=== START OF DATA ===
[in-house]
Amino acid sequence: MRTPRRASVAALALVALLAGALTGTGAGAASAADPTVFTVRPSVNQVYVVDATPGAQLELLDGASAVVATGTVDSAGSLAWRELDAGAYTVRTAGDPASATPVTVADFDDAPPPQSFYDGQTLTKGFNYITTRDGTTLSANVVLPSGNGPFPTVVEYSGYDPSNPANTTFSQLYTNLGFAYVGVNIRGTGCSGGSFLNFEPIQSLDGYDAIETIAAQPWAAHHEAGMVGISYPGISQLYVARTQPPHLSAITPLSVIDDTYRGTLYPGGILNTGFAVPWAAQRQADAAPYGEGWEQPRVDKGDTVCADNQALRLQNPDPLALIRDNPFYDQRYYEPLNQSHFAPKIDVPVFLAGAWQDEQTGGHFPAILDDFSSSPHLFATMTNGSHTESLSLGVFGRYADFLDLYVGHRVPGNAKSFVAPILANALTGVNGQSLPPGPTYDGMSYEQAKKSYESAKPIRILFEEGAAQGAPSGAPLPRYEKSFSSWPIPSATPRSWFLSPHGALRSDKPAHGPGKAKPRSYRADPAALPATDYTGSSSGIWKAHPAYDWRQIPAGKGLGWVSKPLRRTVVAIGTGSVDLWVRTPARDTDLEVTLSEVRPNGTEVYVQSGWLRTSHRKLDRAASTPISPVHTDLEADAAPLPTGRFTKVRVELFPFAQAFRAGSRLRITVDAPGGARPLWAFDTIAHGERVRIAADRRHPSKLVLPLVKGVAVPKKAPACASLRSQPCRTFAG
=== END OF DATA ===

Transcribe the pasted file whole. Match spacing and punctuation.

[in-house]
Amino acid sequence: MRTPRRASVAALALVALLAGALTGTGAGAASAADPTVFTVRPSVNQVYVVDATPGAQLELLDGASAVVATGTVDSAGSLAWRELDAGAYTVRTAGDPASATPVTVADFDDAPPPQSFYDGQTLTKGFNYITTRDGTTLSANVVLPSGNGPFPTVVEYSGYDPSNPANTTFSQLYTNLGFAYVGVNIRGTGCSGGSFLNFEPIQSLDGYDAIETIAAQPWAAHHEAGMVGISYPGISQLYVARTQPPHLSAITPLSVIDDTYRGTLYPGGILNTGFAVPWAAQRQADAAPYGEGWEQPRVDKGDTVCADNQALRLQNPDPLALIRDNPFYDQRYYEPLNQSHFAPKIDVPVFLAGAWQDEQTGGHFPAILDDFSSSPHLFATMTNGSHTESLSLGVFGRYADFLDLYVGHRVPGNAKSFVAPILANALTGVNGQSLPPGPTYDGMSYEQAKKSYESAKPIRILFEEGAAQGAPSGAPLPRYEKSFSSWPIPSATPRSWFLSPHGALRSDKPAHGPGKAKPRSYRADPAALPATDYTGSSSGIWKAHPAYDWRQIPAGKGLGWVSKPLRRTVVAIGTGSVDLWVRTPARDTDLEVTLSEVRPNGTEVYVQSGWLRTSHRKLDRAASTPISPVHTDLEADAAPLPTGRFTKVRVELFPFAQAFRAGSRLRITVDAPGGARPLWAFDTIAHGERVRIAADRRHPSKLVLPLVKGVAVPKKAPACASLRSQPCRTFAG